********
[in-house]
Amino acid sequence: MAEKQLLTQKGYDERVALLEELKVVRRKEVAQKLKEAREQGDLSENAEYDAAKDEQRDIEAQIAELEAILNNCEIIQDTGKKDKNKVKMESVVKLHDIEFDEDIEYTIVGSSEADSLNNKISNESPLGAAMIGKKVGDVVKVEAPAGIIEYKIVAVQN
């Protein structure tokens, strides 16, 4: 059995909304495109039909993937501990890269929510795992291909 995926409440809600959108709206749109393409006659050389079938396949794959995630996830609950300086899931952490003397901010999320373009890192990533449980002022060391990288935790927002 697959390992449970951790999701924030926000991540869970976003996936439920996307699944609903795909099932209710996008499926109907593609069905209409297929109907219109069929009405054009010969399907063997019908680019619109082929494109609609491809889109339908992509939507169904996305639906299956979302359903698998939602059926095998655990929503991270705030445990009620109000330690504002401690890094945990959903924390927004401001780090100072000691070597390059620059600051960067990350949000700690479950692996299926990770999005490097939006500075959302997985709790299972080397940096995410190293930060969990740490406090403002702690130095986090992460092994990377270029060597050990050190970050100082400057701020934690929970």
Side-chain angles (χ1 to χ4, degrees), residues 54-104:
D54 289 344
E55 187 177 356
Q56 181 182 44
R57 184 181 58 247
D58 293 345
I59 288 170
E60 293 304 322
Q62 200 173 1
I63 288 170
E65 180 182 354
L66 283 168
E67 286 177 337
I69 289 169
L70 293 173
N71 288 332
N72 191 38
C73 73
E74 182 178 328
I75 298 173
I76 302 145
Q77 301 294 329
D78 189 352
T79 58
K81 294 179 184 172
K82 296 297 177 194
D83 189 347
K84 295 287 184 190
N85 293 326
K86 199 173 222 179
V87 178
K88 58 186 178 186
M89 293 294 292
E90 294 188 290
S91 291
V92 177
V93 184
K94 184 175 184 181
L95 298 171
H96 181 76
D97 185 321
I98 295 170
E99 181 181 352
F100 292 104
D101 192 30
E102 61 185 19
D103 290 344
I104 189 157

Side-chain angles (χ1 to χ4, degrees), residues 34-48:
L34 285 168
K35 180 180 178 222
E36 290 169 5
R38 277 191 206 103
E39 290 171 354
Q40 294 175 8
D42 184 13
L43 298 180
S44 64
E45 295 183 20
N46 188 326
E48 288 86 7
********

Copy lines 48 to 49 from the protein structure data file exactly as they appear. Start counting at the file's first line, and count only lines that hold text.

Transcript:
D101 192 30
E102 61 185 19